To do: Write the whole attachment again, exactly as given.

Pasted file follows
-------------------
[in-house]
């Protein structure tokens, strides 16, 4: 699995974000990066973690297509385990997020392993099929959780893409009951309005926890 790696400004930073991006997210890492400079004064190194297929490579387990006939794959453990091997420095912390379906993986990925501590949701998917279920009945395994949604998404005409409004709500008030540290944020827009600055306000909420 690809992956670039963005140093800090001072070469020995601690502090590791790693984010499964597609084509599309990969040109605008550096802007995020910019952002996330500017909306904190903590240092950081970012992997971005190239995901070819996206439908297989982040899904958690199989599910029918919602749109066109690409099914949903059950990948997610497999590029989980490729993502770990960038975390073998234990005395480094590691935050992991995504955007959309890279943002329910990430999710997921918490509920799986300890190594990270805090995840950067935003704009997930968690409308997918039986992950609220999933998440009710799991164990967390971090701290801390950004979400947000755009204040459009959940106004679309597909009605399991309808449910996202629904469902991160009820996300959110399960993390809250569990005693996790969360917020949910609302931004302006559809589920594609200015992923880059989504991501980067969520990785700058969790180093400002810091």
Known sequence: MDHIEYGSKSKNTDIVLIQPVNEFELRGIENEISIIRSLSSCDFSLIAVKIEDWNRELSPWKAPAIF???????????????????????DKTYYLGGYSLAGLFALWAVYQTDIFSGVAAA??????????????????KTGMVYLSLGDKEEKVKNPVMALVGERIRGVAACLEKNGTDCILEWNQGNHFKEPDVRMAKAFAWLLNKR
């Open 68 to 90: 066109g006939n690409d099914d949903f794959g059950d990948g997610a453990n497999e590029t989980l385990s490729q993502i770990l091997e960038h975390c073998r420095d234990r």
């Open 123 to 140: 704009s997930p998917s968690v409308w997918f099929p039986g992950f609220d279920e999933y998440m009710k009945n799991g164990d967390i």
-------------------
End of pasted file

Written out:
[in-house]
């Protein structure tokens, strides 16, 4: 699995974000990066973690297509385990997020392993099929959780893409009951309005926890 790696400004930073991006997210890492400079004064190194297929490579387990006939794959453990091997420095912390379906993986990925501590949701998917279920009945395994949604998404005409409004709500008030540290944020827009600055306000909420 690809992956670039963005140093800090001072070469020995601690502090590791790693984010499964597609084509599309990969040109605008550096802007995020910019952002996330500017909306904190903590240092950081970012992997971005190239995901070819996206439908297989982040899904958690199989599910029918919602749109066109690409099914949903059950990948997610497999590029989980490729993502770990960038975390073998234990005395480094590691935050992991995504955007959309890279943002329910990430999710997921918490509920799986300890190594990270805090995840950067935003704009997930968690409308997918039986992950609220999933998440009710799991164990967390971090701290801390950004979400947000755009204040459009959940106004679309597909009605399991309808449910996202629904469902991160009820996300959110399960993390809250569990005693996790969360917020949910609302931004302006559809589920594609200015992923880059989504991501980067969520990785700058969790180093400002810091």
Known sequence: MDHIEYGSKSKNTDIVLIQPVNEFELRGIENEISIIRSLSSCDFSLIAVKIEDWNRELSPWKAPAIF???????????????????????DKTYYLGGYSLAGLFALWAVYQTDIFSGVAAA??????????????????KTGMVYLSLGDKEEKVKNPVMALVGERIRGVAACLEKNGTDCILEWNQGNHFKEPDVRMAKAFAWLLNKR
């Open 68 to 90: 066109g006939n690409d099914d949903f794959g059950d990948g997610a453990n497999e590029t989980l385990s490729q993502i770990l091997e960038h975390c073998r420095d234990r």
């Open 123 to 140: 704009s997930p998917s968690v409308w997918f099929p039986g992950f609220d279920e999933y998440m009710k009945n799991g164990d967390i």